VR tennis startup sets sights on Tampa
As an incoming ball travels over the net on a clay court, the opposing tennis player must prepare to return the serve, delivering a powerful swing while facing changing environmental conditions – all of which are factors virtual reality training company Sense Area measures.
Sense Arena, a startup from Prague in the Czech Republic known for its ice hockey and tennis VR training platform, can simulate different scenarios on grass, clay or hardcourts, tracking a player’s grip and speed of the ball.
Sense Arena established its original U.S. headquarters in Boston a few years ago and is in the process of opening a new HQ in Tampa to advance its tennis training capabilities.
“We knew we wanted Florida, and Tampa’s logistics make it easy to fly in and out of Europe. Also, the city is booming with co-working spaces and talent,” Sense Arena CEO and founder Bob Tetiva said, also mentioning that Tampa is home to the Women’s Tennis Association (WTA).
When Sense Arena founded its Boston HQ, it was solely operating as a hockey training platform, targeting a core consumer base in the Northeast. The startup is working with five NHL (National Hockey League) teams, 11 Division I hockey programs and global youth organizations.
After perfecting the hockey programming in 2018 and testing the platform for other sports, the company discovered tennis – another popular sport in the Czech Republic and the U.S. – would be the best next sport to integrate into the platform.
Tetiva’s team is targeting a March opening for the tennis division at the incubator and co-working Embarc Collective hub in Tampa.
Last year, Sense Arena secured a $3 million round of funding, allowing them to develop the tennis division this past fall.
The tennis division is backed by international tennis hall of famer Martina Navratilova and used by dozens of professional players, including Jennifer Brady and Jack Sock.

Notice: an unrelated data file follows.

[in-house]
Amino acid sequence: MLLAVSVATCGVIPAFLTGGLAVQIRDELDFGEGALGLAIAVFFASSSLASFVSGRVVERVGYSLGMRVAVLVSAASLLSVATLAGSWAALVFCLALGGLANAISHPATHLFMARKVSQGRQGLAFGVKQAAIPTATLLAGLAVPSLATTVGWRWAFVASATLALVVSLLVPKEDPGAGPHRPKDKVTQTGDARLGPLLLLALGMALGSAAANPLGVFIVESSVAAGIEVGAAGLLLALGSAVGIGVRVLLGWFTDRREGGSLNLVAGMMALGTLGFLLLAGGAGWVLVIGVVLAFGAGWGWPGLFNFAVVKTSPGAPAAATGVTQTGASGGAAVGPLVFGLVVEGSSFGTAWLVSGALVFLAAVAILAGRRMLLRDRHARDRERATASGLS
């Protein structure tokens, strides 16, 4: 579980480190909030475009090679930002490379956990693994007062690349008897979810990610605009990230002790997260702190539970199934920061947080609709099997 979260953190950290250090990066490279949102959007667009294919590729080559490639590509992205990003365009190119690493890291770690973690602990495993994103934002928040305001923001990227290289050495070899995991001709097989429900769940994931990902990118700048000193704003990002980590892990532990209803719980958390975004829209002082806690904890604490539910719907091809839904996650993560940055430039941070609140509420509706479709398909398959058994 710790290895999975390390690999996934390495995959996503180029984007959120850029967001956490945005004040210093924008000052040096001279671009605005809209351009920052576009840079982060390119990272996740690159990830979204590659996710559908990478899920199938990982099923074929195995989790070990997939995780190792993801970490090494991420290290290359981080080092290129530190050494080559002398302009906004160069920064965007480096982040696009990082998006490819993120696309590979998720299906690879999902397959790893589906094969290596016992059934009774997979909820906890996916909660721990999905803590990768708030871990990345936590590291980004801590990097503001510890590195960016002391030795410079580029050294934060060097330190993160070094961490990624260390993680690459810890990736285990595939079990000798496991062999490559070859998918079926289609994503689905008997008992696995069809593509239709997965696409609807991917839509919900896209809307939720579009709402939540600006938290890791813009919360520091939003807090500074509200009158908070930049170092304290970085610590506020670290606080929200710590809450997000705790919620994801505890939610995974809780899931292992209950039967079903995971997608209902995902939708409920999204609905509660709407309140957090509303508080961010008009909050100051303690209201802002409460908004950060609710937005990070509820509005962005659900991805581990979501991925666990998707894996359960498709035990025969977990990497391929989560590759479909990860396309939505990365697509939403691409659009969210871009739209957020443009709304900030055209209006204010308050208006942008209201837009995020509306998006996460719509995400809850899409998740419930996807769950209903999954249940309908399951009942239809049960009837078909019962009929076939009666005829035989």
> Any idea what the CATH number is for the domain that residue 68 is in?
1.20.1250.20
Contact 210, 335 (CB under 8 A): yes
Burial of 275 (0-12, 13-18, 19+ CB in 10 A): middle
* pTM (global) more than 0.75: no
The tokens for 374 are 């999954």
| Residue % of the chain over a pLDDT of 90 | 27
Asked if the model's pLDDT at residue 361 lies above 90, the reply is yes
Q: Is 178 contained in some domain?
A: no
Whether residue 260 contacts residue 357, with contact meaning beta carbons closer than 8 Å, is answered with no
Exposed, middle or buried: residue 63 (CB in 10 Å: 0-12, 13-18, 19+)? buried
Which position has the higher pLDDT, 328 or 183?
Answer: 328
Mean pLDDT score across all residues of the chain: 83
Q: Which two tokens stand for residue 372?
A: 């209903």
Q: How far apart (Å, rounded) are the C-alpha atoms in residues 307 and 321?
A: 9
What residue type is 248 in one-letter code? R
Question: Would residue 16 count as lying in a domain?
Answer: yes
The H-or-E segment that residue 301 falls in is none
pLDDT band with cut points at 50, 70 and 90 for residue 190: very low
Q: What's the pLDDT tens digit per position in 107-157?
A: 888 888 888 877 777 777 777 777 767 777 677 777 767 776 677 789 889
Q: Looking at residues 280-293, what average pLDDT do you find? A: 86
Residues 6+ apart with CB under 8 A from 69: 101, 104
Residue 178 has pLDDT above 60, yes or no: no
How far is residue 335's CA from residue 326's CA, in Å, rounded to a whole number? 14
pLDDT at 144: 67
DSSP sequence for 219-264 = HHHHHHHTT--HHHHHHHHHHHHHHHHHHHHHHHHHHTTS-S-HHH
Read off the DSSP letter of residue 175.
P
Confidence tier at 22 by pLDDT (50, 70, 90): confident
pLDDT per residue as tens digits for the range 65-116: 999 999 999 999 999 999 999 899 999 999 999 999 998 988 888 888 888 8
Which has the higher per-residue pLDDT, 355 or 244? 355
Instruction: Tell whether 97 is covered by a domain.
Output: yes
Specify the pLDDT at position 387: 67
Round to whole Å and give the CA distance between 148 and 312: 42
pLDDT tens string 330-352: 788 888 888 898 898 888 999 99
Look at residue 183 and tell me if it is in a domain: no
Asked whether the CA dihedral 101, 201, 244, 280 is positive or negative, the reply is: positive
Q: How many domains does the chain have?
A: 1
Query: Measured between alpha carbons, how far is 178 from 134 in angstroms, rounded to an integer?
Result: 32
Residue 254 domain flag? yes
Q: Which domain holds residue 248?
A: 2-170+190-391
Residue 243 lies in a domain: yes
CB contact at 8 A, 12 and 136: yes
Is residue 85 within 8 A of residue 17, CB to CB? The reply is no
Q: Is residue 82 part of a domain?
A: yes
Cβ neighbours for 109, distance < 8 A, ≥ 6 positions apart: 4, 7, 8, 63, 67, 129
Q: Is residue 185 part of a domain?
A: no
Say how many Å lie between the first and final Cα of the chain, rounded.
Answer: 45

Tetiva said the company has been on a six-year journey experimenting on multiple hardware platforms. In 2019, the company was utilizing the HTC Vive headset, a virtual reality brand of HTC Corporation; however, with the rise of the Covid pandemic, companies such as Facebook were releasing competing VR tech with flexible pricing.
Sense Arena’s VR technology currently operates via the Meta Quest 2, a headset developed by Facebook (now known as Meta Platforms).
Today, Sense Arena has over 50 employees.
In ramping up the tennis division, Sense Arena hired Vice President of Tennis Yannick Yoshizawa, who served as tour supervisor for the WTA.
Through Yoshizawa’s relationships, Sense Arena secured its first NCAA tennis partnership with the University of South Florida Division 1 men’s and women’s teams.
Yoshizawa previously played on the college tennis team from 2012 through 2018.
“The coaches are now looking for something else [to enhance training]. This tech piqued their interest, and it was very easy to introduce,” Yoshizawa said.
The talks with USF started in 2022 before inking a one-year agreement effective this year.
“We couldn’t be more excited to start our partnership with Sense Arena, and I can really see this being a fantastic way for our players to work on visualization,” USF Women’s Tennis Head Coach Cristina Moros said in a statement. “It’s the perfect tool to use on recovery days when we want to exercise the mind and train our brains, really focusing on the mental aspects of tennis.”
Sense Arena’s tennis product is currently focused on the returning player’s aspect versus the server, but the product may eventually evolve to allow players to serve the ball to the opponent.
Sense Arena has thousands of tennis users and is seeing 20 to 50 new licenses purchased per day, serving business-to-business customers such as universities and clubs.
Yoshizawa and Tetiva explained the product will not sell on retail shelves – it’s available online through Sense Arena’s e-shop, where users can download the software. The physical racket and tech are shipped from three different distribution sites.